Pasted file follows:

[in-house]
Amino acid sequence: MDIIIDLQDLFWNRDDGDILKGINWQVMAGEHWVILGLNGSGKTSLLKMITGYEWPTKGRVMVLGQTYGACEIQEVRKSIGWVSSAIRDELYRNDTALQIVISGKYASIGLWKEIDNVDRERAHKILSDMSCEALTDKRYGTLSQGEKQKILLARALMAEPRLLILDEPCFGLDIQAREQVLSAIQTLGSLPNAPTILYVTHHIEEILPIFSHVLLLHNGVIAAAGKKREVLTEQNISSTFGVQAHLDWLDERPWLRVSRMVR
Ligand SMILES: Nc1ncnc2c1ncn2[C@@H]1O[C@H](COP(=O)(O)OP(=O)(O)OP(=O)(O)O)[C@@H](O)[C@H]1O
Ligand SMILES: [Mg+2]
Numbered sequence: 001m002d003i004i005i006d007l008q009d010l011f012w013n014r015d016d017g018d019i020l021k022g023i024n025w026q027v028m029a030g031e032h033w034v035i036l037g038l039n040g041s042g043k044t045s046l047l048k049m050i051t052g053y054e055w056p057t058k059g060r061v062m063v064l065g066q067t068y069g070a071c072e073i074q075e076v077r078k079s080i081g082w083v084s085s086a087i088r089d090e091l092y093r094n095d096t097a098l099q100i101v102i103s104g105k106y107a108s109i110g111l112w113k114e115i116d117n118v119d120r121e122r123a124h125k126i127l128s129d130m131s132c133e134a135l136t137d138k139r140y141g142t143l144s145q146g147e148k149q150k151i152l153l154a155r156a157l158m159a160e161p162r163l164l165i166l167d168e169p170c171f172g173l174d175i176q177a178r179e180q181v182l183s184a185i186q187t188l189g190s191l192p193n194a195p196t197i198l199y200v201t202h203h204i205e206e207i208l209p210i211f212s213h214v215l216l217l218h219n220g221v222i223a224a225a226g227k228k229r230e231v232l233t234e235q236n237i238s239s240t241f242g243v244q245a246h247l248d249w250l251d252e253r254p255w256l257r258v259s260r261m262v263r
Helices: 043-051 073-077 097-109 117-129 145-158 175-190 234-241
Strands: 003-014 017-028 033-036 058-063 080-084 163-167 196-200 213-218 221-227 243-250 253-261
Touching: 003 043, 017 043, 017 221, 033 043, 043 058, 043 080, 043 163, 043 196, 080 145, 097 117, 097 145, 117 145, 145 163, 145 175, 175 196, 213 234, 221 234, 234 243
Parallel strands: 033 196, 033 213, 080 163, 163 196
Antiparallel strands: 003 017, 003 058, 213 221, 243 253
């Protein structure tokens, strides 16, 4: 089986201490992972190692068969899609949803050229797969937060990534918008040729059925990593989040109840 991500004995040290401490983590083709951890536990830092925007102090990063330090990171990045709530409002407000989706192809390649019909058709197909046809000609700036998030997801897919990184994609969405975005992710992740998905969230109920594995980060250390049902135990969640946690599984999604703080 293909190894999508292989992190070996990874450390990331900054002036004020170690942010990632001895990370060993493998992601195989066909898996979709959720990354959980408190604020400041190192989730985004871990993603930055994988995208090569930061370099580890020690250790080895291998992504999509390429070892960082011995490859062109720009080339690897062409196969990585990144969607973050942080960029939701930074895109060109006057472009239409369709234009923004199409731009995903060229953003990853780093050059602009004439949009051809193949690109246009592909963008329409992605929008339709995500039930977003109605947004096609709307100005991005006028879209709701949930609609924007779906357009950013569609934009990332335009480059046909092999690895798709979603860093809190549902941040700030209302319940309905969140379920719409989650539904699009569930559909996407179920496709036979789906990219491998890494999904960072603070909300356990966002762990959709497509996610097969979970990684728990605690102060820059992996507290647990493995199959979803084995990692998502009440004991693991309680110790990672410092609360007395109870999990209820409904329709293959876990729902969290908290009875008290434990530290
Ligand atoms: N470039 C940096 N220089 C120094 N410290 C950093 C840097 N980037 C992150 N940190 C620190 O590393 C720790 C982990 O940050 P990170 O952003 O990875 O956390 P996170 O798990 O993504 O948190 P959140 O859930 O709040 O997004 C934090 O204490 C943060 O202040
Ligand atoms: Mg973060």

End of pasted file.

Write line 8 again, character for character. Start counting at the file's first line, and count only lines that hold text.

Touching: 003 043, 017 043, 017 221, 033 043, 043 058, 043 080, 043 163, 043 196, 080 145, 097 117, 097 145, 117 145, 145 163, 145 175, 175 196, 213 234, 221 234, 234 243